I’m The Rapid Response Social Worker Who Replaced The Police

I’m The Rapid Response Social Worker Who Replaced The Police

It's not an easy job. In fact, it's impossible, but it's for social justice!

I’m not gonna lie, this isn’t exactly what I expected — lying here in the hospital. I mean, it’s only a few broken bones, a punctured lung, and some stitches to the head, but I almost feel betrayed. Three weeks ago when I took the five-hour online course to become an unarmed rapid response social worker, I thought I was helping mankind. After all, with the police abolished, somebody had to be there to mitigate when people had inevitable disagreements.

My first mitigation didn’t go great. I was called to the scene of a bank robbery — which, there weren’t supposed to be any bank robberies once the capitalist-driven oppression of the police no longer created crime, but this guy apparently didn’t get the memo, I guess. He was a Latinx male-presenting person about 5’6” holding a shotgun.

Thinking back on my extensive training, I tried to calm things down with a breathing exercise. But he just kept yelling and pointing the gun at me, which again, not supposed to happen. I told him that as a white cis man, I could never know the trauma the Spanish-speaking people suffered under white genocidal maniacs like Cortez, and while his desire to rob the bank was understandable, even laudable, we have collectively decided not to support such actions, and resources were available to him.

That’s when he hit me in the head with the butt of his gun; I think it was the butt of his gun, anyway. When I woke up, I realized this job was not going to be as easy as I thought it would be. That was just one person, though — one person who is really rich now. But to assume he represented the entire criminal class would have been the height of privilege, right? And after all, it’s only money, and a slight concussion.

The next day went remarkably better. I was called to a gang fight that was about to get very heated. No guns this time, just knives and brass knuckles. I suggested we all sit in a circle and use a feelings chart to determine what had brought us all to that place. I did not, of course, suggest that why I was there was for some inherently better or more virtuous purpose, and I think they really got it! They stopped fighting each other and stole my wallet, instead. Progress.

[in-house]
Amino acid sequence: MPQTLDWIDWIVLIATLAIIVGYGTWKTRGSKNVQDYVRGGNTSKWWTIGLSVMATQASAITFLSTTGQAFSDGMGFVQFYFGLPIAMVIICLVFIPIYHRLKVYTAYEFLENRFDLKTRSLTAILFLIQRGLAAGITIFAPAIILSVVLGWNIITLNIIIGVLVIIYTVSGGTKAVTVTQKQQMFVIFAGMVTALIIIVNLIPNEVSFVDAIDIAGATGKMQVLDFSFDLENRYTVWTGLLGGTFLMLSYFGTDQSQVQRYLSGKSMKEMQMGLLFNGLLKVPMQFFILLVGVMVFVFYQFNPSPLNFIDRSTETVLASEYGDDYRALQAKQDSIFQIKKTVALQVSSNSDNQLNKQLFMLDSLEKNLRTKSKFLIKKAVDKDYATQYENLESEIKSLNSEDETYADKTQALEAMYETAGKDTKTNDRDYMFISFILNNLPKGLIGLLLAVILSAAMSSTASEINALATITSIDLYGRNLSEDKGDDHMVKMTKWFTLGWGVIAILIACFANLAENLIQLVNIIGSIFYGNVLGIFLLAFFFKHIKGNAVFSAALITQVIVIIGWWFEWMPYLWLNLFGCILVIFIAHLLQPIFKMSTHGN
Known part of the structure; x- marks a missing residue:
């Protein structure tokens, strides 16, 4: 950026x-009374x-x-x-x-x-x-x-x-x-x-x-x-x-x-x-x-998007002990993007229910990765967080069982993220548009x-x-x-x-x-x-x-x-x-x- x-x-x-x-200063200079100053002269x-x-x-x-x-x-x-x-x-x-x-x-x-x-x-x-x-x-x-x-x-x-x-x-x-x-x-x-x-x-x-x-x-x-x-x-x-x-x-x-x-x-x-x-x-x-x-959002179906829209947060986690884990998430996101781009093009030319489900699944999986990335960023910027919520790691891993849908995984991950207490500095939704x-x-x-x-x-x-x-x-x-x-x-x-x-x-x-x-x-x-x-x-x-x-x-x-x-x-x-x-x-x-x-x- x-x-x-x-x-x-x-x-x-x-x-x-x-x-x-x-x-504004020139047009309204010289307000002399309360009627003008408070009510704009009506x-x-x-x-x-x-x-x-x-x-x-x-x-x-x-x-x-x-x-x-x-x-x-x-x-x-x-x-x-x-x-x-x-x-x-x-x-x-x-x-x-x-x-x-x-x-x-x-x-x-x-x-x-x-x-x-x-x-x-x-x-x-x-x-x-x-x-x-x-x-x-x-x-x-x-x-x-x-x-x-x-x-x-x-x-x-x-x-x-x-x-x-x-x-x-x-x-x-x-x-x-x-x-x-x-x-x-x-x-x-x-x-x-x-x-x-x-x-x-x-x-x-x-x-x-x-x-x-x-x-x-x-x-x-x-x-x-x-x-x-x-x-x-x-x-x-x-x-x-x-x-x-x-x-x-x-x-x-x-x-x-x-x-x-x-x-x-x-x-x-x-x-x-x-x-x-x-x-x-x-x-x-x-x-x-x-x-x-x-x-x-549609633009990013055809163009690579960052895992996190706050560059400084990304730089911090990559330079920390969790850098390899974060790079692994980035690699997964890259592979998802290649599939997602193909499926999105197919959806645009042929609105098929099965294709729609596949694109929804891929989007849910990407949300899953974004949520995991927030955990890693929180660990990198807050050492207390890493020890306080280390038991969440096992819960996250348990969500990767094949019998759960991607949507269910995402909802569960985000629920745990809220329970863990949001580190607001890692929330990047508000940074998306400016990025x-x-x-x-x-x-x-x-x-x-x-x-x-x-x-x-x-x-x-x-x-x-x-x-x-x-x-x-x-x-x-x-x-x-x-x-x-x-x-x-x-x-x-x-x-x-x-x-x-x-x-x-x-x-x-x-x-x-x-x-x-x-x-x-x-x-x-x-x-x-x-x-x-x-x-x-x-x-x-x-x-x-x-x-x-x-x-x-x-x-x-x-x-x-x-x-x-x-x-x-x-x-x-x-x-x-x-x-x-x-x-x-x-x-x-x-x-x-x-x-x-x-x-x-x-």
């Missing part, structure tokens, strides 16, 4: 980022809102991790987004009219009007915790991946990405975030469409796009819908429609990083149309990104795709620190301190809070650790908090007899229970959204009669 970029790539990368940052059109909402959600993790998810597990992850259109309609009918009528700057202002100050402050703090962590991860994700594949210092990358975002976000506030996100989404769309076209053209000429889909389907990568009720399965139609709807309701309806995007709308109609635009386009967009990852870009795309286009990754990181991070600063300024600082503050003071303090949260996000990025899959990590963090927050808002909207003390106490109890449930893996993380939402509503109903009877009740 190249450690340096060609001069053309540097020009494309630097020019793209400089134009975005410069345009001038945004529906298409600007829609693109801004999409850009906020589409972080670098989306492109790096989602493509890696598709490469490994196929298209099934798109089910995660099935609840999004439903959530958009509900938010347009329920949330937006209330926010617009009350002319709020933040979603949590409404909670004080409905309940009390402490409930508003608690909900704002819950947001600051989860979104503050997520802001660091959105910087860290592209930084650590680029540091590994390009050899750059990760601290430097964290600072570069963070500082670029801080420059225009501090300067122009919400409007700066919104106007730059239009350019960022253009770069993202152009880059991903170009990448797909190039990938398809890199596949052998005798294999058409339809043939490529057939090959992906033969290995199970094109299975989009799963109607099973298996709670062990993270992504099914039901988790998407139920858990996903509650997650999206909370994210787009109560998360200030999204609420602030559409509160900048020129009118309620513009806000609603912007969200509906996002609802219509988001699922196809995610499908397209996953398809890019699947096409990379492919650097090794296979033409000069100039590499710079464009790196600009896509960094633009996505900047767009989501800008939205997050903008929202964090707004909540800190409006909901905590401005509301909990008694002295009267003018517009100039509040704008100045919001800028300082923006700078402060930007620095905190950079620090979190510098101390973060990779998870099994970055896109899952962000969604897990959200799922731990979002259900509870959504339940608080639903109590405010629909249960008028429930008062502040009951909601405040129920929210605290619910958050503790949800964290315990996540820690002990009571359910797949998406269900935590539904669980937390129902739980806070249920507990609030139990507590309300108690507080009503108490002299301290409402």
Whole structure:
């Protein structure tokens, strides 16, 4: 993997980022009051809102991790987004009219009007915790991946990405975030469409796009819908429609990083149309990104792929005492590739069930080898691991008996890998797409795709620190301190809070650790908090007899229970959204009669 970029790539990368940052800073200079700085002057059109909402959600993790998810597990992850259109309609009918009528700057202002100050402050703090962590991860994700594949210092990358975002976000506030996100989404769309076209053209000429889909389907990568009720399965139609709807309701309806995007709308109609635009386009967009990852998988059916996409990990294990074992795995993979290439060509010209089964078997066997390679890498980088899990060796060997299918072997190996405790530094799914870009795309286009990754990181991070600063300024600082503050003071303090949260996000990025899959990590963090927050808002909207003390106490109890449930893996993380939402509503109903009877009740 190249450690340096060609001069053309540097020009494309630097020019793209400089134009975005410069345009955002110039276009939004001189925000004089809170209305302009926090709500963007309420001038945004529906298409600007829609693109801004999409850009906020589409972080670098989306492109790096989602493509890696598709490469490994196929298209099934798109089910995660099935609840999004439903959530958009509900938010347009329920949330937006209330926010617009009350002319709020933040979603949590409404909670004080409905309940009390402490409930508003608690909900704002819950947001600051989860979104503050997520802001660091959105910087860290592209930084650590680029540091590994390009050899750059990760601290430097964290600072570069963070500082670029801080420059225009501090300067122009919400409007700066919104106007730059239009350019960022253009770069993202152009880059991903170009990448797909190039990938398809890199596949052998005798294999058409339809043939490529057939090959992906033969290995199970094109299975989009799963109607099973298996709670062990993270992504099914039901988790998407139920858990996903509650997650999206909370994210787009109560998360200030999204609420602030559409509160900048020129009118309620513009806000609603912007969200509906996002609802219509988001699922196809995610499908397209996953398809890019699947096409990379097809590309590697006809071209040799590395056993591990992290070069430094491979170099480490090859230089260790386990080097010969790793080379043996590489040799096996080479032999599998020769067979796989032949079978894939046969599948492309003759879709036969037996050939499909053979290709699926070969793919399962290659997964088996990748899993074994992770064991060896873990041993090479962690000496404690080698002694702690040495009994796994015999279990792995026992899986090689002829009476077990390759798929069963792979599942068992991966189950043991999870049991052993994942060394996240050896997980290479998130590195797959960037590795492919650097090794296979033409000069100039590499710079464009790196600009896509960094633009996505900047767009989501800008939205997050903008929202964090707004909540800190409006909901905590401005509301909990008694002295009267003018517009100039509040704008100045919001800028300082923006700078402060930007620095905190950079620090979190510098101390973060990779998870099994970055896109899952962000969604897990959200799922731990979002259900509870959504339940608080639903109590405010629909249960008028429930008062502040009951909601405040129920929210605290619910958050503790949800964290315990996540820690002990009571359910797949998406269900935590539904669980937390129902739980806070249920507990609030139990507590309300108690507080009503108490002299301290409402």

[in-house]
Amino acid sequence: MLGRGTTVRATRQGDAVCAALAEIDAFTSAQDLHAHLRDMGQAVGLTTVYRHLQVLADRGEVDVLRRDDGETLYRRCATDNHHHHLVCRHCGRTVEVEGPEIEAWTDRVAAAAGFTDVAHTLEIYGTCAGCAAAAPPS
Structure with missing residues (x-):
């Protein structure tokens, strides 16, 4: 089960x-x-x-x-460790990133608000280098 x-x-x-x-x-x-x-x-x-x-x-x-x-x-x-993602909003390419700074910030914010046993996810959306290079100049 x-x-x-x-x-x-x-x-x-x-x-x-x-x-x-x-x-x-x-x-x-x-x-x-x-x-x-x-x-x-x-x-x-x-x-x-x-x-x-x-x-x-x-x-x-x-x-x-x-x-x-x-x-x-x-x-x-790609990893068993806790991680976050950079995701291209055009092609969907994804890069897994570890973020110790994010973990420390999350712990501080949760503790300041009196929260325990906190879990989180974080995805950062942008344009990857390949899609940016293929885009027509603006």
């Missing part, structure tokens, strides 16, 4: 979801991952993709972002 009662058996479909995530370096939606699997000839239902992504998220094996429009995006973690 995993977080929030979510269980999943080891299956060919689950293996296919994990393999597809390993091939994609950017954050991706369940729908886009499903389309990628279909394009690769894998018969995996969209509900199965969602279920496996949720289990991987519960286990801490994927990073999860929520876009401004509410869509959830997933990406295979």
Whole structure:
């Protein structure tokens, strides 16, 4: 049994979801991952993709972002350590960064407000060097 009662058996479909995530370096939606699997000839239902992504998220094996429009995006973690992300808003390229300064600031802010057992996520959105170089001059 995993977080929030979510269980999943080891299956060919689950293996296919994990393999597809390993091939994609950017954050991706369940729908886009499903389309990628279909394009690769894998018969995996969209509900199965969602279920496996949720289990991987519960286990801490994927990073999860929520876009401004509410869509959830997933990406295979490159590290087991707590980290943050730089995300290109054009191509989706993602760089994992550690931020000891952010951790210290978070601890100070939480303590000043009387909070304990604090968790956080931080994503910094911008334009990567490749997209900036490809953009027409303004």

It was yesterday, my third day on the job, when things really got dicey. There were reports of revolutionary redistribution of corporate assets, which used to go by the patently racist name “looting.” I consulted my Rapid Response Social Worker app, and it advised me to start gently chanting, “Hope is the thing with feathers.” Dickinson. It’s a technique that was developed in Denmark to deescalate harmful situations with poetry.

The rest is a blur. There were a few baseball bats to the legs. A large glass bottle of something sticky, organic maple syrup maybe, was smashed on my head. People were kicking me in the ribs, and I saw a few people fighting over a Ralph Lauren down comforter they were steali… I mean redistributing. The comforter ripped, there was chaos everywhere, and when I woke up in the ambulance, well, I was the thing with feathers.

This morning when I woke up, my supervisor was right there next to my bed. I thought maybe xir had brought flowers or one of those shiny balloons from the hospital gift shop. But actually xir had a long complaint form, detailing the ways in which I had failed in my job and failed the collective community. I was still kind of groggy. I didn’t catch it all, but something about failure to recognize and ameliorate systems of oppression. Which, I mean, yeah probably.

I’m not giving up though. Nobody said this would be easy. They also didn’t say it would put me in the ICU, but that’s beside the point. We are creating a better world — one where police, the real criminals, no longer exist, and more equitable forms of community support for need-based compelled law suggestion can thrive. Are we there yet? No, but once I’m out of the hospital and off suspension, I’ll be right back to work making America a better place.

David Marcus is the Federalist's New York Correspondent. Follow him on Twitter, @BlueBoxDave.
Most Popular
Related Posts